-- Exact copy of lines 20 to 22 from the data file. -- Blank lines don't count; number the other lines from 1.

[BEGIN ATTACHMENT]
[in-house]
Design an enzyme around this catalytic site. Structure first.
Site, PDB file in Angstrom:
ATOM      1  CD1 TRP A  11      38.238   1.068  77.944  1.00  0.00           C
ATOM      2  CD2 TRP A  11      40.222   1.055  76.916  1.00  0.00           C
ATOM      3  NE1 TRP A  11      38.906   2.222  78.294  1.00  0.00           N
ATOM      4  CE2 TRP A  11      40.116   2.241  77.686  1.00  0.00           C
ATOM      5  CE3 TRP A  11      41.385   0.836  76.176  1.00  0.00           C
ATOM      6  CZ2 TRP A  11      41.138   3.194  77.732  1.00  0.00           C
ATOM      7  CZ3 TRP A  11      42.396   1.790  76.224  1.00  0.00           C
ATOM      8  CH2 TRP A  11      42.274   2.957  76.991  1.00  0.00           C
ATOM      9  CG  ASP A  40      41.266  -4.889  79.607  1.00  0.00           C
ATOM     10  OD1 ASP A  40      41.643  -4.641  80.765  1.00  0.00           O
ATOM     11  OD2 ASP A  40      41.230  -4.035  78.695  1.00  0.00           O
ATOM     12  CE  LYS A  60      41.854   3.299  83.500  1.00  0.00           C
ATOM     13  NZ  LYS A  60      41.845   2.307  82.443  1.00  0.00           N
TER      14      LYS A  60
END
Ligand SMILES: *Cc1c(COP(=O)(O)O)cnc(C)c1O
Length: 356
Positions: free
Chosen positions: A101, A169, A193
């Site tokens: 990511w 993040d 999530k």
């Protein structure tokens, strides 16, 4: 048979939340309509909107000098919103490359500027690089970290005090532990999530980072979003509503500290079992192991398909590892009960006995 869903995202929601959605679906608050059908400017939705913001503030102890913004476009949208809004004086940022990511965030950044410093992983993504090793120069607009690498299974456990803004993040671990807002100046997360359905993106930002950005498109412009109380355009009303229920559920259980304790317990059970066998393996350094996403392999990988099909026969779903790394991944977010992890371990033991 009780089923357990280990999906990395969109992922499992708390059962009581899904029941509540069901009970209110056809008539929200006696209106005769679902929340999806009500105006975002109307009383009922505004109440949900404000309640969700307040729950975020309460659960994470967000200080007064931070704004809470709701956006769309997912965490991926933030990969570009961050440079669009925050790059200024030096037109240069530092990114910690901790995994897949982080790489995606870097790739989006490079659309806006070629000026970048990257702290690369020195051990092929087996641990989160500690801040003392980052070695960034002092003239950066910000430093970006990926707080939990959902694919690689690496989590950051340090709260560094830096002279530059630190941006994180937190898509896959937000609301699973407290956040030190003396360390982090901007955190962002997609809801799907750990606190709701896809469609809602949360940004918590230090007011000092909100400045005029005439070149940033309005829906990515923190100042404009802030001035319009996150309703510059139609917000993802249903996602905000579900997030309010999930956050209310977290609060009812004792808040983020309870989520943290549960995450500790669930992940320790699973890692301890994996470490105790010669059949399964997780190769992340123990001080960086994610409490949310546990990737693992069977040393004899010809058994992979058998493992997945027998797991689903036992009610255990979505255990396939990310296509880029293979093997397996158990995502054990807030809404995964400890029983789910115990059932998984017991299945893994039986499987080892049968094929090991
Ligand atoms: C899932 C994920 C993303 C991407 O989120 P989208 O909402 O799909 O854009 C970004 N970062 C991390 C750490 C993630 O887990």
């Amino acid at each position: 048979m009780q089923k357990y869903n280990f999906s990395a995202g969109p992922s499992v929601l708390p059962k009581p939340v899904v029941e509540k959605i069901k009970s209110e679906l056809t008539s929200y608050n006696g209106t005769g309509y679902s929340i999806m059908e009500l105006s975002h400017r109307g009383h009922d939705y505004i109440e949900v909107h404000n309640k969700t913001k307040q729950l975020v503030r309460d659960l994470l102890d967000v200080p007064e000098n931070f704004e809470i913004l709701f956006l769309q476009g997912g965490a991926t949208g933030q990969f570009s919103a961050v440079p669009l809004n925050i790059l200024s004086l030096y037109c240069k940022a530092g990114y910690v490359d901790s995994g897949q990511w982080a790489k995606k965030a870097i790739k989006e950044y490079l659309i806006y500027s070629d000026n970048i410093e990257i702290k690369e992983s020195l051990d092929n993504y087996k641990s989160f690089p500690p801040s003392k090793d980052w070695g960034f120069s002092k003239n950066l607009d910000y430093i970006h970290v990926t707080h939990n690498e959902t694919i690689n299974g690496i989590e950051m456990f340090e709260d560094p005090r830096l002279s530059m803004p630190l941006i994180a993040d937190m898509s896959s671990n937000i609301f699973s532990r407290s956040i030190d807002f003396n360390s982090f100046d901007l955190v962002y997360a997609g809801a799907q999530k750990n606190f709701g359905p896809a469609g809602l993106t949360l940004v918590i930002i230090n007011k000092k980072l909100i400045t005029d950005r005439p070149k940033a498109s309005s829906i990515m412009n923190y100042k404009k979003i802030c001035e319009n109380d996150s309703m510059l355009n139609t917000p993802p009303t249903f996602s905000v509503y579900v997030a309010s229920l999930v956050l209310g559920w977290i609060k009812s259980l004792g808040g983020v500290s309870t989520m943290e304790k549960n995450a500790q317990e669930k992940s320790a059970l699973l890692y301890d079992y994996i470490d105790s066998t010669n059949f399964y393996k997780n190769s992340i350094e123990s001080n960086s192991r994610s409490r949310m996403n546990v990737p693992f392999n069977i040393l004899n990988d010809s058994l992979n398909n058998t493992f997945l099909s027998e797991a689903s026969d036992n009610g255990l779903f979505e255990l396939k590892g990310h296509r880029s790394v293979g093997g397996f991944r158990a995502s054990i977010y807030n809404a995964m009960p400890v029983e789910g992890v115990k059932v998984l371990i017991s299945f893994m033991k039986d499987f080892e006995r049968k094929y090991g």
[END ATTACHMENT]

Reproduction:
Length: 356
Positions: free
Chosen positions: A101, A169, A193